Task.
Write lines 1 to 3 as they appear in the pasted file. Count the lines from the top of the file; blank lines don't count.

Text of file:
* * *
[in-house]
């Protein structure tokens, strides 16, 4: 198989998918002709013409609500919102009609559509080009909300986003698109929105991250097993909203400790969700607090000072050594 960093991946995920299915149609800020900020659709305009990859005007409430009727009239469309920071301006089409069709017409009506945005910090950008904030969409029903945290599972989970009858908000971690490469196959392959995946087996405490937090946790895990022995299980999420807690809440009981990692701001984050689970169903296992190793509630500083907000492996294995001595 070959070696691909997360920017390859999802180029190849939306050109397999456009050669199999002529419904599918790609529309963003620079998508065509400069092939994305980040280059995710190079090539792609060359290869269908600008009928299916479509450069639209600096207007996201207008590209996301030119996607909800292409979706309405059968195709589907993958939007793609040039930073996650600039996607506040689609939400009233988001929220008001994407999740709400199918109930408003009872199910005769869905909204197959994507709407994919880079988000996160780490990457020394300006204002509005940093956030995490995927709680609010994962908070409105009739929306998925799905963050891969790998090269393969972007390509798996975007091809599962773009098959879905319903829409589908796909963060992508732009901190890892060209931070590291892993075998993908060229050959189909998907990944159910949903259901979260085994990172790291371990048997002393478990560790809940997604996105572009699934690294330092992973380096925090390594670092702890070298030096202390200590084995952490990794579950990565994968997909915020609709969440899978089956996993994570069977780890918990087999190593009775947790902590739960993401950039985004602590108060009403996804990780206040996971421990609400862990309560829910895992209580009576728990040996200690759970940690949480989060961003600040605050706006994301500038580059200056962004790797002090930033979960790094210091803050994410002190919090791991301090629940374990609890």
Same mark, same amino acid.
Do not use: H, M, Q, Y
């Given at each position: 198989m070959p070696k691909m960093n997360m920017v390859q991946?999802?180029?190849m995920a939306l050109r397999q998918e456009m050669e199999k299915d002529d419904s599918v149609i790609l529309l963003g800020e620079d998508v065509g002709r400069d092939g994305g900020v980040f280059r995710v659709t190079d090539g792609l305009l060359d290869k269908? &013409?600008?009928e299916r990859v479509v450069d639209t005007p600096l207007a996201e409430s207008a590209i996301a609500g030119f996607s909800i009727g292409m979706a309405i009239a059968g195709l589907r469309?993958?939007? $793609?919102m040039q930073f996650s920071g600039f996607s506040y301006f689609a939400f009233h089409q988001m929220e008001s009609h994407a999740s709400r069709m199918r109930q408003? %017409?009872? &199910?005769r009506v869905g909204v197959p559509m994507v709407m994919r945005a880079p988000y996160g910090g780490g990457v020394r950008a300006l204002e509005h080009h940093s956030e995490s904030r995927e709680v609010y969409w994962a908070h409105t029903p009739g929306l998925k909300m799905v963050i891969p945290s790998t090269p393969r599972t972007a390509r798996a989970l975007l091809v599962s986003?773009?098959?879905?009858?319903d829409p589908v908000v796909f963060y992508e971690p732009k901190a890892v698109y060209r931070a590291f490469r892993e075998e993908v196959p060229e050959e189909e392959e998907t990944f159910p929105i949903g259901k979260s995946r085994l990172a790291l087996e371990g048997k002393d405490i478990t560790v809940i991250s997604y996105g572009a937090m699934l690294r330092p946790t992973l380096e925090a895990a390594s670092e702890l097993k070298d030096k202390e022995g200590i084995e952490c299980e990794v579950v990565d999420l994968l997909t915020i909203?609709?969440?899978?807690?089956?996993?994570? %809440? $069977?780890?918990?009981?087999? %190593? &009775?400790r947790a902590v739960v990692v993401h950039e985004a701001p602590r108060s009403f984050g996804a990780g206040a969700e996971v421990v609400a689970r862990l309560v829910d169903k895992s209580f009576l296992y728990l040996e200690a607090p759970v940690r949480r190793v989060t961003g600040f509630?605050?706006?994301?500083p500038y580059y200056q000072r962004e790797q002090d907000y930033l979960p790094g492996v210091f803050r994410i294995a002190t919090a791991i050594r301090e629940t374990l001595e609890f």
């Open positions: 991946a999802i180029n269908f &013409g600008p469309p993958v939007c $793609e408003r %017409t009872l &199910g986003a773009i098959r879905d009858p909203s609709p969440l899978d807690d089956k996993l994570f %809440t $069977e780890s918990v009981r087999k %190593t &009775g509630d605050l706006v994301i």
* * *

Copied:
[in-house]
């Protein structure tokens, strides 16, 4: 198989998918002709013409609500919102009609559509080009909300986003698109929105991250097993909203400790969700607090000072050594 960093991946995920299915149609800020900020659709305009990859005007409430009727009239469309920071301006089409069709017409009506945005910090950008904030969409029903945290599972989970009858908000971690490469196959392959995946087996405490937090946790895990022995299980999420807690809440009981990692701001984050689970169903296992190793509630500083907000492996294995001595 070959070696691909997360920017390859999802180029190849939306050109397999456009050669199999002529419904599918790609529309963003620079998508065509400069092939994305980040280059995710190079090539792609060359290869269908600008009928299916479509450069639209600096207007996201207008590209996301030119996607909800292409979706309405059968195709589907993958939007793609040039930073996650600039996607506040689609939400009233988001929220008001994407999740709400199918109930408003009872199910005769869905909204197959994507709407994919880079988000996160780490990457020394300006204002509005940093956030995490995927709680609010994962908070409105009739929306998925799905963050891969790998090269393969972007390509798996975007091809599962773009098959879905319903829409589908796909963060992508732009901190890892060209931070590291892993075998993908060229050959189909998907990944159910949903259901979260085994990172790291371990048997002393478990560790809940997604996105572009699934690294330092992973380096925090390594670092702890070298030096202390200590084995952490990794579950990565994968997909915020609709969440899978089956996993994570069977780890918990087999190593009775947790902590739960993401950039985004602590108060009403996804990780206040996971421990609400862990309560829910895992209580009576728990040996200690759970940690949480989060961003600040605050706006994301500038580059200056962004790797002090930033979960790094210091803050994410002190919090791991301090629940374990609890």
Same mark, same amino acid.